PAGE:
What’s next for energy reform in three notable markets?


Throughout 2015, the momentum for energy reform and unbundling has gathered pace, as more of the world’s governments realize the necessity of opening their energy markets to competition, in order to attract foreign and private investment, either to increase efficiency or to avoid the need to provide future capital. While there are a large number of countries either pursuing or engaging in reform, the following three markets are of note, either because of how reforms have progressed to date or how we expect liberalization to unfold over the coming 1-2 years.

Mexico: Steady but sure progress

Background: In the making for more than a decade, Mexico’s energy reforms (which are discussed in more detail on the Mexico spotlight of our energy reform and unbundling microsite) are gaining pace and traction. The country has one of the world’s highest forecast energy demand growth rates, while current electricity costs for industrial users are impacting Mexico’s ability to compete with a revitalized US manufacturing sector. The process of reform is not an easy one: Francisco Salazar, President of energy regulator Comisión Reguladora de Energía (CRE) (below left), discussed some of the challenges in a recent issue of EY’s Utilities Unbundled, which highlighted the practical difficulties of creating the rules and arrangements required for competition well ahead of market entry.

Current state of play: The opportunities offered by Mexico’s reforms are some of the biggest on offer in the sector globally (with the exception of Africa), with the Mexican Energy Ministry predicting US$62.5bn in both public and private investments over three years. Investors’ interest in Mexico at the moment will increase as clarity improves around critical elements of the new market design. While these details are being worked out, investment will be pensive but this delay is not necessarily a bad thing – extra investor diligence and additional detail around market design will pay off in the long-term for Mexico. Most importantly, the current government has a clear vision for its liberalized energy market, and strong government commitment is one of the greatest predictors of long-term investor confidence and successful reform.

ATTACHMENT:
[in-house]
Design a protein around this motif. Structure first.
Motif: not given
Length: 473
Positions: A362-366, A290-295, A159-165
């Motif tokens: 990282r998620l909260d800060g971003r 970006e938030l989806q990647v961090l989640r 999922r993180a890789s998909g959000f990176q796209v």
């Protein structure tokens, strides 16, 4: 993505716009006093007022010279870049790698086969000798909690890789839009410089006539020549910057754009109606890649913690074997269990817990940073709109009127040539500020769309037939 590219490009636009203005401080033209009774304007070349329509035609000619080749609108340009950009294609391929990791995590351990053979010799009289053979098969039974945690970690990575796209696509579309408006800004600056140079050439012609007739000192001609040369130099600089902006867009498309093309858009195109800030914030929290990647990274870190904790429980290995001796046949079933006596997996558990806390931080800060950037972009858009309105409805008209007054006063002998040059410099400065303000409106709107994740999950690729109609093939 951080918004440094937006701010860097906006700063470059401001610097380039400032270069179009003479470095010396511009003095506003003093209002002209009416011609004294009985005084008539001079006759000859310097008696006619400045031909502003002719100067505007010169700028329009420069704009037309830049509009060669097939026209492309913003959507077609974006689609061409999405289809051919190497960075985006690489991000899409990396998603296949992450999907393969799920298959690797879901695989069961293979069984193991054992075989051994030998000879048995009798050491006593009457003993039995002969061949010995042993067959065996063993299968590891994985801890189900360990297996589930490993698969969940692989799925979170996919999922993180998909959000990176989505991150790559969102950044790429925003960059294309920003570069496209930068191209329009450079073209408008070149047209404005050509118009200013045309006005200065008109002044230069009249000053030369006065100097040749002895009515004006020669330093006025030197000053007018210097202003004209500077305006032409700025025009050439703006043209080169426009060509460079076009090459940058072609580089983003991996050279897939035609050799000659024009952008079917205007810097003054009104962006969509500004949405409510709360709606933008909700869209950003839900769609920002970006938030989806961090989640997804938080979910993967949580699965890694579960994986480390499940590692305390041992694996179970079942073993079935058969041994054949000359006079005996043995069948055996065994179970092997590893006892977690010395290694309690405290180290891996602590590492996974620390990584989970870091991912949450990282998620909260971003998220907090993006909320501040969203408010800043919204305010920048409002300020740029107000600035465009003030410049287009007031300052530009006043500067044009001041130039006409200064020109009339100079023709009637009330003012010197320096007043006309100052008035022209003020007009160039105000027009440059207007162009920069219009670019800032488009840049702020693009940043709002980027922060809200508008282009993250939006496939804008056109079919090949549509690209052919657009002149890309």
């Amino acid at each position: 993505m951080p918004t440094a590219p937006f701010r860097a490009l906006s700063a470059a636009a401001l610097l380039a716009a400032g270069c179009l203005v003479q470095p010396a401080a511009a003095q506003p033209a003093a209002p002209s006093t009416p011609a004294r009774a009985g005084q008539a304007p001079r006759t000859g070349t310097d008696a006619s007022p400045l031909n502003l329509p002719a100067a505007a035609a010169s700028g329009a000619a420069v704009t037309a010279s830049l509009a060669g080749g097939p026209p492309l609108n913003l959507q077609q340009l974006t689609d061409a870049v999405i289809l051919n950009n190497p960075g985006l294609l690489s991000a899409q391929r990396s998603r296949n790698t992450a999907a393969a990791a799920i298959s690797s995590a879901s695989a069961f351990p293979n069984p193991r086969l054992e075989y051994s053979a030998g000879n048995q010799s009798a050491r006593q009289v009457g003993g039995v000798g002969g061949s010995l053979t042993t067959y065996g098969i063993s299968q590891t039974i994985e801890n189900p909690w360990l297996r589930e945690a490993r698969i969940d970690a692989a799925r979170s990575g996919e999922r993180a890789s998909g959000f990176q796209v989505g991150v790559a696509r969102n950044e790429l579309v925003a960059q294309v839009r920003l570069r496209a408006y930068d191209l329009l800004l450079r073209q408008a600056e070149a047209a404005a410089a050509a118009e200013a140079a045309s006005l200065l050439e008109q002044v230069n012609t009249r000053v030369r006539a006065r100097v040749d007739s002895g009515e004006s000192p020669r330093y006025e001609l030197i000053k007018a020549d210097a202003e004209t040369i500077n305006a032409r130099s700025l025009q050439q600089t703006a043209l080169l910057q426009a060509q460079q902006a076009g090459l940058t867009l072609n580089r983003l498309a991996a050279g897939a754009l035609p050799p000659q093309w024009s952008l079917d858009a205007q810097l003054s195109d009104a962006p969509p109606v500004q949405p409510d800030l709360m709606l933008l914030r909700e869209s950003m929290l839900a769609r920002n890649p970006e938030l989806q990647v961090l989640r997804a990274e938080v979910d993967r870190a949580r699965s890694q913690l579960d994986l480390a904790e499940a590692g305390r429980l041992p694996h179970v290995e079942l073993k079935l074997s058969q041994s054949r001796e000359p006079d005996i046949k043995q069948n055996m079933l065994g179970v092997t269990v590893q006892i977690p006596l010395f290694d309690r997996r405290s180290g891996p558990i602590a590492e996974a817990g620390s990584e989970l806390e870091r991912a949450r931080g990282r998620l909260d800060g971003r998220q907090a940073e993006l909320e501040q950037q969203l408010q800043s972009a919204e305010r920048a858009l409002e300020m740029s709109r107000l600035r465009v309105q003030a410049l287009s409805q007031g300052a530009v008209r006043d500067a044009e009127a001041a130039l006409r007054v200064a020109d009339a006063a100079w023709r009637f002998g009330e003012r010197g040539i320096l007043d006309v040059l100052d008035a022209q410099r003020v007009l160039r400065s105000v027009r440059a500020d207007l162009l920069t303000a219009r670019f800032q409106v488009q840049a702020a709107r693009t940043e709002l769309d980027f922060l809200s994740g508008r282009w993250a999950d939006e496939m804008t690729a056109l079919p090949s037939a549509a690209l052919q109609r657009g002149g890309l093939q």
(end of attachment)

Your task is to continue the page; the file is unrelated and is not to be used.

New players in reforming markets do best when partnering with local firms, in order to navigate regulatory and stakeholder arrangements and to access other local alliances. In a recent example, US renewable energy firm Pattern Energy formed a joint venture with Mexico’s Cemex Energia to develop 1,000 MW of renewable generation in the country over the next five years. Other deals such as these are already starting to fill the pipeline and we expect more to come.

What next?: Watch for announcements of joint venture investments and deal values to increase once the Mexico Government finalizes the first tranches of market design and as wholesale market arrangements, in particular, become clearer. We expect much of this interest to be in renewables with Mexico aiming to source 35 per cent of its power generation from renewable sources by 2024, although there is room for conventional generation as the fuel mix reacts to market design and cost allocation decisions down the road. Already Denmark’s Vestas Wind Systems has identified Mexico as a key market for expansion.